The last year we lived in Missouri, I was a fourth grader, and my father had taken over the division chapel where the basic trainees came every Sunday by the hundreds (if they went to a church service, they didn’t have to participate in drills). What I remember most from that year, was a family that moved in down the street from us, and discovered, in a heavy trunk in their garage, the body of their four-year-old son, who had climbed into the trunk with three newborn kittens and suffocated. My father performed the funeral. He cried when he told us.
It was called a family tragedy, as though it could be contained by that single group of people.
In January of the following year, the space shuttle Challenger exploded. Someone came to the door of our classroom, and Ms. Moos, our teacher, announced the news in a trembling voice. We watched the shuttle explode again and again that afternoon. The teachers consoling one another, while we sat at our desks, awestruck. Alive and then not. Momentum and then pieces. I had just turned eleven and was startled to discover that it could all be over so quickly. Blinked out. That’s what could happen.
It was connected, the boy in the trunk and the astronauts in the shuttle. The horror of it. The senselessness. And I was too young to know there is never sense in it. Never reason, though later someone might offer explanations. That is how tragedy binds us, how we are drawn together by the weight of what we cannot set down.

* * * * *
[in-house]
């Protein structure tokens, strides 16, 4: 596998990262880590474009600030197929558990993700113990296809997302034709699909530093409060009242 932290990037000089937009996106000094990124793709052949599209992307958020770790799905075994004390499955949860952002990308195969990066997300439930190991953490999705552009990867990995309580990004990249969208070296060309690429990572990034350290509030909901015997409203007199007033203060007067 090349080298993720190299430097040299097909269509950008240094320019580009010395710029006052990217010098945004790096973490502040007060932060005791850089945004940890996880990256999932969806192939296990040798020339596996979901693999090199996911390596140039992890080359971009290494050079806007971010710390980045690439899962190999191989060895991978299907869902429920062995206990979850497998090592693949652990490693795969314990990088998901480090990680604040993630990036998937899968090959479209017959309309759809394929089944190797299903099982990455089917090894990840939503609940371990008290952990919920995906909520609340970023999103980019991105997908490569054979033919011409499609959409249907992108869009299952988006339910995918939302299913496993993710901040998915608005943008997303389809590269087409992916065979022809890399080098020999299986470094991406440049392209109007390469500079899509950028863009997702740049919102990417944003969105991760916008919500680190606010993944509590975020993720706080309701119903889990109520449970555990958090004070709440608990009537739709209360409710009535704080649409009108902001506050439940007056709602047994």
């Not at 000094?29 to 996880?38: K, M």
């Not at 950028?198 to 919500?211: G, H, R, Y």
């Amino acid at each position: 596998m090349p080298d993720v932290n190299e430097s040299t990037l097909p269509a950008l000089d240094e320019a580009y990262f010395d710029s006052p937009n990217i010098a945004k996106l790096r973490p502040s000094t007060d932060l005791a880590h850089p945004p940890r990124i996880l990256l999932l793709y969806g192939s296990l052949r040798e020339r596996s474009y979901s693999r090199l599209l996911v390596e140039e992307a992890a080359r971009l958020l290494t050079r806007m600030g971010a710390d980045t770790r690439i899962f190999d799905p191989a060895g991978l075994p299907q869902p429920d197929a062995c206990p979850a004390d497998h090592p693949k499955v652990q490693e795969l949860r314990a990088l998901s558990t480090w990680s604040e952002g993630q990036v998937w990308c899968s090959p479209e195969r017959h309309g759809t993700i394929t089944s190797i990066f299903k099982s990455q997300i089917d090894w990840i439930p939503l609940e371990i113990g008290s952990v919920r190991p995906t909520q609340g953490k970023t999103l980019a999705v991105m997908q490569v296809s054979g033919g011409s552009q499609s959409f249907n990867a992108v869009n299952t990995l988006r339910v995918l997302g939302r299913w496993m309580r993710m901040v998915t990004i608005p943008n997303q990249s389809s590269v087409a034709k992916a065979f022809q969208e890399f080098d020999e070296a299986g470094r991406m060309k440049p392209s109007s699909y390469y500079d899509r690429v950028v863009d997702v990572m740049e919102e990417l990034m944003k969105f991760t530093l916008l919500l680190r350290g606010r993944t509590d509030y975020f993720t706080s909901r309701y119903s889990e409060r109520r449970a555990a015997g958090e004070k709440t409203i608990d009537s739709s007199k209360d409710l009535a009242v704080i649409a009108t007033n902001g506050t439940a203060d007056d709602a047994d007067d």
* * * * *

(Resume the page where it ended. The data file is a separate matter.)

5 thoughts on “Grief”
You could have given a hundred other titles to this post, but that’s the one you chose. Not Tragedy. Not Helplessness. But Grief.
Perhaps because grief is not subjective? There are degrees; there different manifestations. But the emotion that meets loss is always grief. And I find it, sometimes, to be a selfish response. A need for perfection.
Is grief the weight we cannot set down?
My mother died January 22nd, fourteen years ago. I haven’t thought about it much today. It’s just a day, anymore. And yet, grief is the way that I still say “I love you.” Grief the road to not forgetting. It’s is a lonely way to love.
Wow. You’ve said that beautifully. I think grief is the weight we can’t set down, the crushing thing that we must go on bearing. I’d never articulated to myself that it might be a need for perfection, but that’s an aspect too, isn’t it? An ache for what wasn’t.
I am so moved to come across these posts. Grief is the form my relationship with my mother takes now that she has, like yours, Shelly, been dead for years. Strangely and synchronistically, tomorrow is the seventh anniversary of her death.
We do grieve for both what was and what we wished for but never came to be. I grieve for the mother I won’t grow old beside.
All good things to you both.
Thank you for sharing that. Grief has a future tense as well as a past and present tense. I think that has a part in why we continue to shoulder it.
By the time my mother died, her shoulders were skin and bone. Now I know it was not just from arthritis and old age.